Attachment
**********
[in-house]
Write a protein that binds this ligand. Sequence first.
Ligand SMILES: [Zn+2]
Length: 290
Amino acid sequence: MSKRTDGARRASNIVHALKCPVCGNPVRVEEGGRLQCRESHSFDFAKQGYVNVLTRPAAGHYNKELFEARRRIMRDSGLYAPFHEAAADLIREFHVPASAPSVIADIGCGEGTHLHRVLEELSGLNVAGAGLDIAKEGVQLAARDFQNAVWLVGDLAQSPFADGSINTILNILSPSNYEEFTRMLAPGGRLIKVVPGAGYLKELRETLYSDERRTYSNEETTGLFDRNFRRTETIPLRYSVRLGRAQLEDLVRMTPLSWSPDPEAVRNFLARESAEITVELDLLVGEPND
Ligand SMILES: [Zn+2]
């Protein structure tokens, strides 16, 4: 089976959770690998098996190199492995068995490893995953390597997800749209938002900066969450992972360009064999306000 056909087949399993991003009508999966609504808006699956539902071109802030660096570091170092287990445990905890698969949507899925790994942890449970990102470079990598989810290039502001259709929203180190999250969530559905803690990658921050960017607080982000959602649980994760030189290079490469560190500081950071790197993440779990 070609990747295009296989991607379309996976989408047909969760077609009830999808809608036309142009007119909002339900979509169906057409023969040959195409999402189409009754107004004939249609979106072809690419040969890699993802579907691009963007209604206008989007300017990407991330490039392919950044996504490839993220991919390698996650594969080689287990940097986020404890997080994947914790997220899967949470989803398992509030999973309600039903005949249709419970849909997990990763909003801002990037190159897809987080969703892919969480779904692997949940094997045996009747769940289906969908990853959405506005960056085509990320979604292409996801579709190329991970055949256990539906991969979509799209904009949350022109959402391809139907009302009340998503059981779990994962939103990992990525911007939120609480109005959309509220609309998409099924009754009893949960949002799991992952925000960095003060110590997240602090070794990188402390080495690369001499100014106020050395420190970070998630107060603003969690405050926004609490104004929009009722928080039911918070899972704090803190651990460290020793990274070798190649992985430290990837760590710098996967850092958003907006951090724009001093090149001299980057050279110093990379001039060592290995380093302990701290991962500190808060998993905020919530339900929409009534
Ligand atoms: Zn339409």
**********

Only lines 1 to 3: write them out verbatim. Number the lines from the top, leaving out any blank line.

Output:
[in-house]
Write a protein that binds this ligand. Sequence first.
Ligand SMILES: [Zn+2]